Minutes before the 42-year-old convict was taken away in handcuffs by two Essex County Sheriff's Department deputies and three court officers, O'Connor's younger sister, Julie Trueira, looked directly at Doughty and delivered a victim impact statement in the hushed courtroom.
"What pains my family the most was the last person she saw before dying was the face of a monster," said Trueira as her parents sat nearby. "We are willing to forgive Wes for what's he done only so we have closure. But he deserves to pay the consequences of his actions. No woman should ever die the way my sister, Jenn, died."
Margo Bollettiero-Duarte, Greenlaw's mother, said she hopes when Doughty closes his eyes every night in jail, he sees what he's done.
"I close my eyes every night and see it, and it gives me nightmares. I have not had a night's sleep since my son was murdered," she said on the witness stand. "But I need to forgive you, because I can't go on if I don't."
On Friday, the jury convicted Doughty of murders so gruesome that investigators said they initially did not know how many victims there were. The 12-member panel found him guilty of first-degree murder in both deaths with deliberate premeditation and extreme atrocity.
Prosecutors said the killings stemmed from a web of relationships and conflicts among people living or visiting the home at 19 Farm Ave.
John Apruzzese, Doughty's attorney, said his client killed Greenlaw and O'Connor while he was high on crack to protect a "father figure" who ran the dysfunctional house.
Trueira, who managed to hold back tears on the stand, said she idolized her sister and wanted to be like her.
"She would yell at me for stealing her clothes," she said. "It was when she started abusing drugs that our relationship changed. I yelled at her for not stopping. I would say 'Please do it for dad,' hoping her love for him would make her want to stop. It wasn't until after her death that I realized she had a disease and if she didn't want to change for herself, she wouldn't be able to change for someone else."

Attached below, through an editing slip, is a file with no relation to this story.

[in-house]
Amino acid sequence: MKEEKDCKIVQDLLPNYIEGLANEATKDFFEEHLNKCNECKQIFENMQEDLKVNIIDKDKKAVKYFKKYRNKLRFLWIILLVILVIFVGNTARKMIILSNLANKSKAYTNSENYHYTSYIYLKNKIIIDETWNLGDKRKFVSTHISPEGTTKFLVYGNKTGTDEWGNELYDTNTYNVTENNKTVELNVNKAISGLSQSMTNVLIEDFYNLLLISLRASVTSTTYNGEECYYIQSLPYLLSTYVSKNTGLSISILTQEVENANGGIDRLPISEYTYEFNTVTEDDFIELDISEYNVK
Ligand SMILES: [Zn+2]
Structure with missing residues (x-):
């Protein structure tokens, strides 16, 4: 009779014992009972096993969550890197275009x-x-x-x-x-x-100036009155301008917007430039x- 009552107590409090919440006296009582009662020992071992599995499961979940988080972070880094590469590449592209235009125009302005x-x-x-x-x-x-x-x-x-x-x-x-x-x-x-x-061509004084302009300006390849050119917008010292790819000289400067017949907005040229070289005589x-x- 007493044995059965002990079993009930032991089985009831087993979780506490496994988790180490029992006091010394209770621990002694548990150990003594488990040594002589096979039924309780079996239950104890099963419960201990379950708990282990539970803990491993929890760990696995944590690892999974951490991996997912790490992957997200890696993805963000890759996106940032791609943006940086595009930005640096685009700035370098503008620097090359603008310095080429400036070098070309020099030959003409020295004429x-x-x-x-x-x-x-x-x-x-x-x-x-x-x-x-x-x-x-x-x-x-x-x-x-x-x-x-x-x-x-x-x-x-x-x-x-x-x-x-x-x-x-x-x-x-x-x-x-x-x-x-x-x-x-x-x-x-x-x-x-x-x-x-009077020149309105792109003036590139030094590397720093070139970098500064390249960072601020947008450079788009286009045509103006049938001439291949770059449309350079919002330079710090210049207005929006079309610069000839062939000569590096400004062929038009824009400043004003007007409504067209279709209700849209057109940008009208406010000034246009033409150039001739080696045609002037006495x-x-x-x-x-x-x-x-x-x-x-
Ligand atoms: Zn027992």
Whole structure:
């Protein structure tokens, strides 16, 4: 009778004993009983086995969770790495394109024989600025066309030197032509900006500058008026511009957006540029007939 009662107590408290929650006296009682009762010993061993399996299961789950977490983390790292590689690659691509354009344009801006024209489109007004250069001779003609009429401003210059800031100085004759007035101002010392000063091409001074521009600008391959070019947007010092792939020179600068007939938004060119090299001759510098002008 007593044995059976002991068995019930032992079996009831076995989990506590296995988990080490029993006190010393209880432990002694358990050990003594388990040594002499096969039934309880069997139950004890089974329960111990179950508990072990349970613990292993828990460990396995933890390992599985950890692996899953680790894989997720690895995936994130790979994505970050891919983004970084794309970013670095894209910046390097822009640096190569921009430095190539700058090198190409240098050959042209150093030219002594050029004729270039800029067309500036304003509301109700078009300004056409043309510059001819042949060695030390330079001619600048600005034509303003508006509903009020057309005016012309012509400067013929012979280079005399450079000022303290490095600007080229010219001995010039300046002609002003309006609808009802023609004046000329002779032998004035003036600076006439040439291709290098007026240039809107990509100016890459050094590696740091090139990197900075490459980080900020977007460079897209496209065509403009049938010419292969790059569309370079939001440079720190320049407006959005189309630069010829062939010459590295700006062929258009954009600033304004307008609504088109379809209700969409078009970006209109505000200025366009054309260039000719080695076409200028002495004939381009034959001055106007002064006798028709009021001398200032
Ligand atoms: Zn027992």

While Trueira admitted she was sometimes angry at her sister, that emotion could fade in an instant.
"I'm not kidding when I say all she had to do was smile at me, and for that brief moment I would forget why I was mad at her," she said.
O'Connor loved children, her sister said, and her ultimate goal was to be a mom.
"Sadly, she will never fulfill that dream, not because of her addiction, but because her life was taken away by another human being, someone she didn't even know, all because she was at the wrong place at the wrong time," she said.
Bollettiero-Duarte said her son's face was so destroyed by the gun blast, the funeral director told her not to look and to remember Greenlaw from pictures.
"He told me I would not get over what I was about to see, so I never saw him again," she said. "On Feb. 17, 2017 at 9:30 in the morning I hugged my child, my son Mark, and I never thought in my wildest imagination that I would never see him again."
Doughty declined to address the court. He did not testify in the five day trial.
Following the sentencing, Essex County District Attorney Jonathan Blodgett said it was a horrible case that destroyed three families, including Doughty's mom.
"We are heartbroken for the family," he said. "We do everything we can to make sure we keep the victims in the forefront of our prosecutions and provide all the assistance we can … We can't bring the victims back, but we can do our part to provide justice."